Take Your Art Seriously, Prepare Well & It's Okay To Say No

As part of our ongoing series, 'India's Most Popular Emcees,' read this exclusive interview with Chaitanya Rathi as he delves into the nuances of his professional journey, preparation process and his learnings over a vast 18-year career


Chaitanya Rathi, a seasoned emcee and host with over 18 years of experience, delves into his captivating journey in the world of event hosting. From a chance encounter during a film internship to becoming the official emcee for an IPL team, Rathi shares pivotal moments that shaped his career. Join us as he reflects on his career highlights, unique hosting techniques and offers valuable advice to aspiring emcees.


Can you share the story of how you entered the world of event hosting and what inspired you to become an emcee?

I did my postgraduate diploma in Event Management and there as interns, they had taken us to Filmfare, through those five days I saw Shahrukh and Saif prepping for their hosting. That time, 2004-2005 was when I thought that this was something I could explore. That's where the seeds of anchoring came in.

Then I hosted the annual day at my college, and one of my friends saw me, he told his mom who was working with a construction company. They called me for a ten-day event.

Because the events industry is so uncertain, I started working in a call centre. I hosted the company’s annual days which had 2,000 to 3,000 people. I had that job for about eight years, and I used to host part-time. Now I've hosted around 2,300 shows across the world, across corporate, weddings, sports, conferences, pageants, lifestyle events, awards, and all of that.

Having hosted over 2,300 events could you highlight a few memorable moments or events that stand out in your career?

What I consider to be the turning point of my career was I was the official emcee for the Pune IPL team back in 2012. That's where my confidence grew leaps and bounds because when you say something and 40,000 people are responding to you, it's a different kind of high and confidence-building exercise.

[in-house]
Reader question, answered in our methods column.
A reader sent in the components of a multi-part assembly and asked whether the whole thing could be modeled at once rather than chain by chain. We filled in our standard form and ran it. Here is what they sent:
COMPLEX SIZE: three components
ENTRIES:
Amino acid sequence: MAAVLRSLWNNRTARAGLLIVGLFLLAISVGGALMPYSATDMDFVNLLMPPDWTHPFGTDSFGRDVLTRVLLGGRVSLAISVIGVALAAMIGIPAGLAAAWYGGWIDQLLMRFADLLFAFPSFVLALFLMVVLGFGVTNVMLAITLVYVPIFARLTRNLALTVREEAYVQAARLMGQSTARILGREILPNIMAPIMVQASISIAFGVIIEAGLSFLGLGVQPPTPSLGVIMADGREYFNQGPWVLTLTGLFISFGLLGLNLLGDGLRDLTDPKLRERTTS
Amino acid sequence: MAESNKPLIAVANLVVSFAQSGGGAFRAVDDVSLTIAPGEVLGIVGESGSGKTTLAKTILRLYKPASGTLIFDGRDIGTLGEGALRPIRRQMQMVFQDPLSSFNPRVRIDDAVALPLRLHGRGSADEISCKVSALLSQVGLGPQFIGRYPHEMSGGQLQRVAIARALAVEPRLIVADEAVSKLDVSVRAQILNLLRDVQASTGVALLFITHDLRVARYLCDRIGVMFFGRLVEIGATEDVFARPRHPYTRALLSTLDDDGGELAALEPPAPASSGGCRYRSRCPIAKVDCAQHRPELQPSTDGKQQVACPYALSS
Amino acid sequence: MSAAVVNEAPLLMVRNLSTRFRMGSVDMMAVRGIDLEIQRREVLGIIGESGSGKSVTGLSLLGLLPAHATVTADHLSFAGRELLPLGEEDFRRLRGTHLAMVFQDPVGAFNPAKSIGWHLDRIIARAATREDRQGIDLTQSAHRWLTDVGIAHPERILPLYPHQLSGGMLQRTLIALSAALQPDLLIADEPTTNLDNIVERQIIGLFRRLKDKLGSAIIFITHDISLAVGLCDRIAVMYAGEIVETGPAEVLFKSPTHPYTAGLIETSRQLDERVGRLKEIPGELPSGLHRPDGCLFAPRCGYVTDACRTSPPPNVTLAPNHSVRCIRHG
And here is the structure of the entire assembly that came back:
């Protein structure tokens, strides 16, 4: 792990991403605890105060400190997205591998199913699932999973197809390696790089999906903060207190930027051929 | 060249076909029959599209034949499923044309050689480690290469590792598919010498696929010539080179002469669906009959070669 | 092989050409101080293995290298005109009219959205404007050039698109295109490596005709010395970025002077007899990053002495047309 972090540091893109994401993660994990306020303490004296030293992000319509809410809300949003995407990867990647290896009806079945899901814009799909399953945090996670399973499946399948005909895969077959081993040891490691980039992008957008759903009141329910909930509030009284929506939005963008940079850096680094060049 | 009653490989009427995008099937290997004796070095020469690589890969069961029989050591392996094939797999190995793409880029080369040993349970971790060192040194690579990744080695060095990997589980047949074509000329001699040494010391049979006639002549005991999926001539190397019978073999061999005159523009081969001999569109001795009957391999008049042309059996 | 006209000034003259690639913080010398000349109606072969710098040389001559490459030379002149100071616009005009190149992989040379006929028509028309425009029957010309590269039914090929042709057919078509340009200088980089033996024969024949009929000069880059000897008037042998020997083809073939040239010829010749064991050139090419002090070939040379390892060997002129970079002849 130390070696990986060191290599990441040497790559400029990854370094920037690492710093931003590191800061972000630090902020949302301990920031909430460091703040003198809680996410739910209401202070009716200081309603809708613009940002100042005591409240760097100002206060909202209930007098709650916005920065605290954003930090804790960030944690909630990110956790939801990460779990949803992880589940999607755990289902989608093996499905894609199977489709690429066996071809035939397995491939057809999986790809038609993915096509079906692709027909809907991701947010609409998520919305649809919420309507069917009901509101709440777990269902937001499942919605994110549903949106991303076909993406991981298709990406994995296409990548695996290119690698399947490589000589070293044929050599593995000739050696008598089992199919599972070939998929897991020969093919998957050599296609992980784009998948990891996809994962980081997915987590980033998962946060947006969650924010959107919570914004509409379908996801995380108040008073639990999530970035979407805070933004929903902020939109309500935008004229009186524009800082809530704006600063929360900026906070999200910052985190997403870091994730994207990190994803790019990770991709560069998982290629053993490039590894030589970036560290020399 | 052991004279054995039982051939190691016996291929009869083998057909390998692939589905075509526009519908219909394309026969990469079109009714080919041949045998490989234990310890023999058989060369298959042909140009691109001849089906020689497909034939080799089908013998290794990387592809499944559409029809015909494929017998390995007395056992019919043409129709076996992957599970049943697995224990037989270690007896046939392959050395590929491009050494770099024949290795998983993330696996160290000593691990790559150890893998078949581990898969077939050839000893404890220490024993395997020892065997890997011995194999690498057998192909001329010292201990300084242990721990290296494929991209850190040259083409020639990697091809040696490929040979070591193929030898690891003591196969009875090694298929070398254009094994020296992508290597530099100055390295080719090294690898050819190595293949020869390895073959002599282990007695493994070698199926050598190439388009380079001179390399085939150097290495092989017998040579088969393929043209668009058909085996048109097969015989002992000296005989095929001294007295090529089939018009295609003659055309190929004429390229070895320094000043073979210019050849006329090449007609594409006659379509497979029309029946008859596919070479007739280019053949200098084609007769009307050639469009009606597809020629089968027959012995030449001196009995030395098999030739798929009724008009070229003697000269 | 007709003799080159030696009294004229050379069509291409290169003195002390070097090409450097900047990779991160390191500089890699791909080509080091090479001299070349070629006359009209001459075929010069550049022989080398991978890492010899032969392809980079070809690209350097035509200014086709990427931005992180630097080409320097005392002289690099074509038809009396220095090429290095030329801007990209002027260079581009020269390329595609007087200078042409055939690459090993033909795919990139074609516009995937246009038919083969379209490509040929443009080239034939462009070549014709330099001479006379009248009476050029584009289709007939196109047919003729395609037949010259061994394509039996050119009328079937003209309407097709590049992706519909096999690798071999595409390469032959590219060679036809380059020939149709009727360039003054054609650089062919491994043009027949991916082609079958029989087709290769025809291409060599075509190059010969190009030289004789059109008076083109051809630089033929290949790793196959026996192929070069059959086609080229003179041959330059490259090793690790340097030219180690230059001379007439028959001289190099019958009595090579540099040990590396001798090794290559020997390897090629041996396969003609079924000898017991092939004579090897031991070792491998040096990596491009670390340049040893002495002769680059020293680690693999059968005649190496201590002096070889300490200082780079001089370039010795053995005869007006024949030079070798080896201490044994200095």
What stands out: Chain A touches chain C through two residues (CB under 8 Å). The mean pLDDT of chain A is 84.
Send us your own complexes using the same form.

That was also what convinced me to quit my job because post IPL, a lot of people started getting in touch to host their events.

What in your opinion sets apart a great emcee from a good one and how do you incorporate those qualities into your posting?

I think you need to love people or love audiences. You can't not be a people person to be in this profession. Whatever I'm getting paid for, I try to make sure I deliver much more than that. I open a lot of my shows with Shayari, which I customise and personalise to that specific audience, to that company's name.

I was the first one to start making entries on a hoverboard. I ordered it, I learned it. Practised, fell, recovered, all of that because, in anchoring, everybody wants to know, what can I give extra? What is different in me? How can I stand out?

I also incorporate a little bit of mentalism as part of my act. I do a little bit of magic also, if that suits the event and if that is the requirement. I learned it during the lockdown. It’s about going the extra mile.

Personally, after every event I've hosted to date in the last ten years, I give a handwritten thank you note to whoever has booked me directly. There's a personalised gift that I give them because it's a genuine thank you to them.

How do you handle unexpected situations or challenges during live events? And what lessons have you learned from such experiences?

No live event is complete without unexpected turns and twists because there might be a senior leader who's not reached because of traffic. There could be dancers that are not ready for their act.

I keep a few backup things in my kit, like fillers which I always keep to get the audience involved, to make up for that time or to handle that change.